Britain is no longer a free society, says Bishop Nazir-Ali

Speaking at the Christian Broadcasting Council’s annual conference, the bishop warned that “encroaching totalitarianism” was threatening respect for conscience.

“What we are facing is not a free society, but an ideology that is seeking to impose its views on us,” he said.

“We are making the assumption that conscience will be respected because we are living in a free society.

“But we are not in that society anymore.”

The bishop said that the secular worldview was undermining absolute respect for human life and amounted to an attack on the unborn child, the ill, the disabled, the elderly and the family.

He said that respect for the unborn child had been eroded by the "demands of science" and "huge commercial interests", as well as a “relativistic” worldview that cannot explain the dignity of the human person.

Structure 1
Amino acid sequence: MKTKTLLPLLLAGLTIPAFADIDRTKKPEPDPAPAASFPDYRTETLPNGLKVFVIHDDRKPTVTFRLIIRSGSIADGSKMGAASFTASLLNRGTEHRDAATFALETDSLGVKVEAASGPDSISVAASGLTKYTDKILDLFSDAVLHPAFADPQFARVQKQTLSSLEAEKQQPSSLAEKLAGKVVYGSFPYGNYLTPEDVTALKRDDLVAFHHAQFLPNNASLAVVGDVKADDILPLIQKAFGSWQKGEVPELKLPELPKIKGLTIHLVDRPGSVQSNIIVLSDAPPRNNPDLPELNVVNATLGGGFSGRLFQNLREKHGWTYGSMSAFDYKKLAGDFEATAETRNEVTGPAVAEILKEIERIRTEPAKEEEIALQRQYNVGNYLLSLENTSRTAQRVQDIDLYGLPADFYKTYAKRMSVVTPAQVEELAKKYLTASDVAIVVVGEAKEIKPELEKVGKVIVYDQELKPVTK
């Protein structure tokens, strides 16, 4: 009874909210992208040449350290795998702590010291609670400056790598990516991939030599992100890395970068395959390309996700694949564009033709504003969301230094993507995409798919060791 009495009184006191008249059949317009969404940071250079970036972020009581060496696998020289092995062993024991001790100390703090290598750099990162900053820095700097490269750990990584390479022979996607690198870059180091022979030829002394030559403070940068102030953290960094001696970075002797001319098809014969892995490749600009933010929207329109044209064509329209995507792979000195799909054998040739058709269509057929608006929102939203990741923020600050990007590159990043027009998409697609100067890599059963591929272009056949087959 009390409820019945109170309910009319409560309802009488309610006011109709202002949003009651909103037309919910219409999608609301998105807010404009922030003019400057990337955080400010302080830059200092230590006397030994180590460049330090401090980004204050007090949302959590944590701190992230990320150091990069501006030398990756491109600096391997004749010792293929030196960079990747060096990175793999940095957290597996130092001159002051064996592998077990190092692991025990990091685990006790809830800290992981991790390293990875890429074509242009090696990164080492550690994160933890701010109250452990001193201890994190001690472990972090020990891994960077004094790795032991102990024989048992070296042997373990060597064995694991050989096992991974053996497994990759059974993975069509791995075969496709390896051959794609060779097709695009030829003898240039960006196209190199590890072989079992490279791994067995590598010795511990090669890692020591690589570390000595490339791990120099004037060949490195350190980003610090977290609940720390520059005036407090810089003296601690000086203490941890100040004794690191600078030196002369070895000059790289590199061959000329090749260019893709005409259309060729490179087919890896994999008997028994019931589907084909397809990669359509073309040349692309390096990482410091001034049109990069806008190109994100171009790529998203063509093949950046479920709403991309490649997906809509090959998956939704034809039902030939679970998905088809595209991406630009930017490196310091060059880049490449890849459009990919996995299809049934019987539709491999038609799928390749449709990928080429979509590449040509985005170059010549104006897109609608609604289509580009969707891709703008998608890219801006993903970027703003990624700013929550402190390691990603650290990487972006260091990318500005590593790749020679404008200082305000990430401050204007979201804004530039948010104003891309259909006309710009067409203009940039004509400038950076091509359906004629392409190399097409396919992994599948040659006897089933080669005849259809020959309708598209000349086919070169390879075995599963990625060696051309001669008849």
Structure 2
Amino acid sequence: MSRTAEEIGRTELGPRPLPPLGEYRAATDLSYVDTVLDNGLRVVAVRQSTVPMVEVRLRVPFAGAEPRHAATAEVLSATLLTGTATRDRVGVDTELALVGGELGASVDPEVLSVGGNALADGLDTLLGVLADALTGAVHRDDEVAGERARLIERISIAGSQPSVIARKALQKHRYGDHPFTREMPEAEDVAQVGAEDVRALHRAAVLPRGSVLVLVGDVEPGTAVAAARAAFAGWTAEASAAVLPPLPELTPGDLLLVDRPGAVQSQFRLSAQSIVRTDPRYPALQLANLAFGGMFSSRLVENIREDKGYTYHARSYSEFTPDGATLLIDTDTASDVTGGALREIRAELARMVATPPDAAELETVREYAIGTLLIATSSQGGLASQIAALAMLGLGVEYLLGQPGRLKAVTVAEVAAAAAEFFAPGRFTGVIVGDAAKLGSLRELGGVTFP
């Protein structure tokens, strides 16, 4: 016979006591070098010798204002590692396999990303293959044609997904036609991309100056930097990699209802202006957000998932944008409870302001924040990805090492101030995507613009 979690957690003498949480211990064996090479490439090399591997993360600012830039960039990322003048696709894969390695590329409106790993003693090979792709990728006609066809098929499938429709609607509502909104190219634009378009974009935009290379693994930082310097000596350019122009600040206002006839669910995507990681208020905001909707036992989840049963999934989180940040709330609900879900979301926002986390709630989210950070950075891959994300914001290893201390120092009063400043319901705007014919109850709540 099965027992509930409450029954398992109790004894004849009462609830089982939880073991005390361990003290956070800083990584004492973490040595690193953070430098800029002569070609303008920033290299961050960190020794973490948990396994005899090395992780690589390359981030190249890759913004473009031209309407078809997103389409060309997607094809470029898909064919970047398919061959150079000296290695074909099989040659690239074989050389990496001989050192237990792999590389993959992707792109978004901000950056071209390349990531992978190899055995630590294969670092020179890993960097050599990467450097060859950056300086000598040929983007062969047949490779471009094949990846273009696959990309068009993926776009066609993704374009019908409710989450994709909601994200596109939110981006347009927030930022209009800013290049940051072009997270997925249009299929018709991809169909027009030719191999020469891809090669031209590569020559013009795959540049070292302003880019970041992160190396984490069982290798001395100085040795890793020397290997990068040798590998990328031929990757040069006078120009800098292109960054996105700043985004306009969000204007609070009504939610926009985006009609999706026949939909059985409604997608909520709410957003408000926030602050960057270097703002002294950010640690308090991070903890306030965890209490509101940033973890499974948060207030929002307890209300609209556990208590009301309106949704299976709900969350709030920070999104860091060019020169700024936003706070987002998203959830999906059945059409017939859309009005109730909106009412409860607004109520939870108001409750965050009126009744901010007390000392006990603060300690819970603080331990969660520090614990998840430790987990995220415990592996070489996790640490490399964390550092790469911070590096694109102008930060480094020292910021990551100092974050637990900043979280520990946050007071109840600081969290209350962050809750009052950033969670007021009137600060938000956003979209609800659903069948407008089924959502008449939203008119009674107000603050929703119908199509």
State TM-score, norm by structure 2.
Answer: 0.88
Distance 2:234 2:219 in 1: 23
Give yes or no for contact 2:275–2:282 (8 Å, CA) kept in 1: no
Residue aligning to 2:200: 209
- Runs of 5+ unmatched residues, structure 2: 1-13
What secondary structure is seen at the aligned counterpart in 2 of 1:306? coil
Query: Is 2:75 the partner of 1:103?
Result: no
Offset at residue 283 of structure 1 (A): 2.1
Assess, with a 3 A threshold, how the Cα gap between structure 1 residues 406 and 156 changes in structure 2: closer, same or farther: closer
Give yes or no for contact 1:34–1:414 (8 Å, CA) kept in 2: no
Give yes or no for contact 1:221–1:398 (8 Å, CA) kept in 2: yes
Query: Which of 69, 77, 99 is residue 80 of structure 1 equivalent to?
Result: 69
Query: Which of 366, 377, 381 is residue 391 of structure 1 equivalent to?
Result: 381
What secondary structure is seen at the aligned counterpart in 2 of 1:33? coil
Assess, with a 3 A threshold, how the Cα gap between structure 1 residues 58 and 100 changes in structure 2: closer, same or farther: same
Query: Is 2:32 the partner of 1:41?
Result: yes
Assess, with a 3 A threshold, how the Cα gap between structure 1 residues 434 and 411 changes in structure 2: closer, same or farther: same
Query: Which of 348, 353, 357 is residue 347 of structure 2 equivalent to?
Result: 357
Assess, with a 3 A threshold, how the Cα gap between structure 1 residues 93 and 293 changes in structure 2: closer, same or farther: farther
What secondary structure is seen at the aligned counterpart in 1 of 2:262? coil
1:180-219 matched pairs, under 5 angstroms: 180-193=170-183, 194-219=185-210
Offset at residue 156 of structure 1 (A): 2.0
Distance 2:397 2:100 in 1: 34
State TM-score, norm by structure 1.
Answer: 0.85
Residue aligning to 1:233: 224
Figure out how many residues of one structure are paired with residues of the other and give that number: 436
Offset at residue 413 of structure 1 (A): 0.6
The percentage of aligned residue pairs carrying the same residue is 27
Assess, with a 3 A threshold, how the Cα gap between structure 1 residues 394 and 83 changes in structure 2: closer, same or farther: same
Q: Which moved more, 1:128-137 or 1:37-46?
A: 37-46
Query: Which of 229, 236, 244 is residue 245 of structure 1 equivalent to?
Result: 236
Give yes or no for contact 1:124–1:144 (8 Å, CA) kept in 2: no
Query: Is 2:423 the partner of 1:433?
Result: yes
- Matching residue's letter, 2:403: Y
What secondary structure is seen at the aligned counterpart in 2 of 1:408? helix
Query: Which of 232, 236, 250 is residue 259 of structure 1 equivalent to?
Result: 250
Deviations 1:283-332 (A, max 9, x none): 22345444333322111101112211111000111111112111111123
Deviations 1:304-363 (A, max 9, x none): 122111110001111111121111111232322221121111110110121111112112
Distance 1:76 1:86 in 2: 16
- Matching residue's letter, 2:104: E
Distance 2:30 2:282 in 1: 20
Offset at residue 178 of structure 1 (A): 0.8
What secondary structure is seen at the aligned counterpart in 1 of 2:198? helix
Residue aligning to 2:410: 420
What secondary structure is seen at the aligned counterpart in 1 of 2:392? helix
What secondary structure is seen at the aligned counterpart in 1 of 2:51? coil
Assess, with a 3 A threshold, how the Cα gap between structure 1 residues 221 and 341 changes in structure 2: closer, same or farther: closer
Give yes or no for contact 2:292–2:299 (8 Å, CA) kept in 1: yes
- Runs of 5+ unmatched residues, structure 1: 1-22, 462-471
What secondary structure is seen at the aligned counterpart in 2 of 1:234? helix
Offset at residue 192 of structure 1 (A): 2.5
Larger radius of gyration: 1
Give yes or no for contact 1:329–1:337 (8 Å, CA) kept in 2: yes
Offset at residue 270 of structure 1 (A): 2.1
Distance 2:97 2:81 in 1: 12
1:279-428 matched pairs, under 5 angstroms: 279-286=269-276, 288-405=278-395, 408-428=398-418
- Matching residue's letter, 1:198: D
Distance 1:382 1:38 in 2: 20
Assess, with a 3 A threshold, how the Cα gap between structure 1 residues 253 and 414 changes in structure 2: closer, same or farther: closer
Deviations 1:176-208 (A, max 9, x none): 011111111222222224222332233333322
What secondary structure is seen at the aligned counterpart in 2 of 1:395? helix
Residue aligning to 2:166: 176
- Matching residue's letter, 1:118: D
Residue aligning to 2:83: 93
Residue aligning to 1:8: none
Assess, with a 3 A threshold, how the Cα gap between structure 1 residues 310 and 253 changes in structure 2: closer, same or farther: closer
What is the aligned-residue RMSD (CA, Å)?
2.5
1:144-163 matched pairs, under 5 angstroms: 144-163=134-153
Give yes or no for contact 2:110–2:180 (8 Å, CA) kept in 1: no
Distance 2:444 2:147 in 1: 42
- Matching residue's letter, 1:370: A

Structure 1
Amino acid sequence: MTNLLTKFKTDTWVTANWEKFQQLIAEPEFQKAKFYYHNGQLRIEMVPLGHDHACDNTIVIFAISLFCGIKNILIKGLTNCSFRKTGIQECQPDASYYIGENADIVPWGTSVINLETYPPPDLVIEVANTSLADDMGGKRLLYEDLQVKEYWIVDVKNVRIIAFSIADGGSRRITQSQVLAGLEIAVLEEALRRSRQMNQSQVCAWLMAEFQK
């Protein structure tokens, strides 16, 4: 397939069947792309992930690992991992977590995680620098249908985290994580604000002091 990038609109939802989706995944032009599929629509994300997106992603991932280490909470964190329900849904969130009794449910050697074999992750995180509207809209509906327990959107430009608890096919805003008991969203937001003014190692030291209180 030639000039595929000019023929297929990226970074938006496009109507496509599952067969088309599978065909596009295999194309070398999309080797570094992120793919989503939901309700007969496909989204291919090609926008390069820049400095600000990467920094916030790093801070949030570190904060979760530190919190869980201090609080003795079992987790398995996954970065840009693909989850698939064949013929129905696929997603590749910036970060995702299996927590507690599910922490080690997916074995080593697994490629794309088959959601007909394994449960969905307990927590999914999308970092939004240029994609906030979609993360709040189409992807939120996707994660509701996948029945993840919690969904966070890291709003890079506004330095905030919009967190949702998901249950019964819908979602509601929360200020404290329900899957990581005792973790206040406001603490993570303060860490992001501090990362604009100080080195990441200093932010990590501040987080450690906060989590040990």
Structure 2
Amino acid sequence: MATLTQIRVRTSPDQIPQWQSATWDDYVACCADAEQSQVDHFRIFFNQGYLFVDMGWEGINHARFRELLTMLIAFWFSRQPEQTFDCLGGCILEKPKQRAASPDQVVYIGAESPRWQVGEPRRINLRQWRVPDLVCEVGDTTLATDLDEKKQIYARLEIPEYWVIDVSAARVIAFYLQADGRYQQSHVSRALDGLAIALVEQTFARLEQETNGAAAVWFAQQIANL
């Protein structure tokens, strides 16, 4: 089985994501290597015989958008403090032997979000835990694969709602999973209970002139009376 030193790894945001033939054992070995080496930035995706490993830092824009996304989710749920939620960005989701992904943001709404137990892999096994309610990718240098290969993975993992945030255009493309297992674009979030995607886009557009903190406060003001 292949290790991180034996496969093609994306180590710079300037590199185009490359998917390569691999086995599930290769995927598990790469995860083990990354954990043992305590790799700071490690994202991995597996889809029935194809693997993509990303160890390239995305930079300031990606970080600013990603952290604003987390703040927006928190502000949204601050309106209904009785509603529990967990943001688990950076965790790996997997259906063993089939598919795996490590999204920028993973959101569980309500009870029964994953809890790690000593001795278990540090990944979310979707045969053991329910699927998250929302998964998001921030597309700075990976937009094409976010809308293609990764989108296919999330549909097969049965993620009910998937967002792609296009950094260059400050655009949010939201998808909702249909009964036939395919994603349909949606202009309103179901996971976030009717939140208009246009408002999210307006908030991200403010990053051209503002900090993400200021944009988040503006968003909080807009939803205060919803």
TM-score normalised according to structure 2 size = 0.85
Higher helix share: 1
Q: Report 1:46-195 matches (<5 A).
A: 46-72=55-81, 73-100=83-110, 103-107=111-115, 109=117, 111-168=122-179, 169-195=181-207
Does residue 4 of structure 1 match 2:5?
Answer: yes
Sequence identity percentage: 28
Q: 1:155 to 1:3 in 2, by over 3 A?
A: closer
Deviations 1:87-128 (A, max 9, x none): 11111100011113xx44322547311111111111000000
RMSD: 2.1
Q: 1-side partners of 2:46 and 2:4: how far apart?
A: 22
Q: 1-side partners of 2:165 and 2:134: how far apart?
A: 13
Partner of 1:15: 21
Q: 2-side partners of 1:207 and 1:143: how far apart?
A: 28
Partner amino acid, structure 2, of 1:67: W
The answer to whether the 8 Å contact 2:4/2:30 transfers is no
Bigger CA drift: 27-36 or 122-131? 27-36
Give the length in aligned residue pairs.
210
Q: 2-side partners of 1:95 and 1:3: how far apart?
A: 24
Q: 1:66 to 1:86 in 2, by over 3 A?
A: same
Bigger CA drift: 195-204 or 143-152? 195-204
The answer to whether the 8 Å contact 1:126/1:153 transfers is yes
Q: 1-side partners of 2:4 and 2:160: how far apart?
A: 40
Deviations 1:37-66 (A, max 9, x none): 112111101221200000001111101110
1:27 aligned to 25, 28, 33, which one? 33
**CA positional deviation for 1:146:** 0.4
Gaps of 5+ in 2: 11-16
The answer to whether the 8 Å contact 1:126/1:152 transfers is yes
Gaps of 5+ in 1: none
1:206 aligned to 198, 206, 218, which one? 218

“If you can dispense with a person at the earliest stage of life why not do it at the later stages. Or in between? What will we do when a person does not respond to our signals? Will we turn off the machine?” he said.

“The great tragedy is, in the very age that pain can be managed, when we can be sure people who are terminally ill can be cared for, people are arguing that those who are terminally ill should have their lives ended.

“We have also abandoned the public doctrine of marriage and will go further and further away from any normative position on marriage.”

He further warned that without the recovery of a Judaeo-Christian discourse and the value of the Bible, the Big Society would not work.

“There will be no Big Society unless there is a big story that unifies people and gives them a sense of the past and of destiny,” he said.

Bishop Nazir-Ali said it would be “tragic” if Britain were to abandon the Judeao-Christian story of the Bible and become prey to a moral and spiritual vacuum, or an Islamic political and religious system.

“We must recover the Judaeo-Christian story as a way of recovering the nation’s past and story but also as a way of making legislative decisions,” he said.

“There is hardly any piece of legislation that comes to parliament which does not have a moral or spiritual aspect.”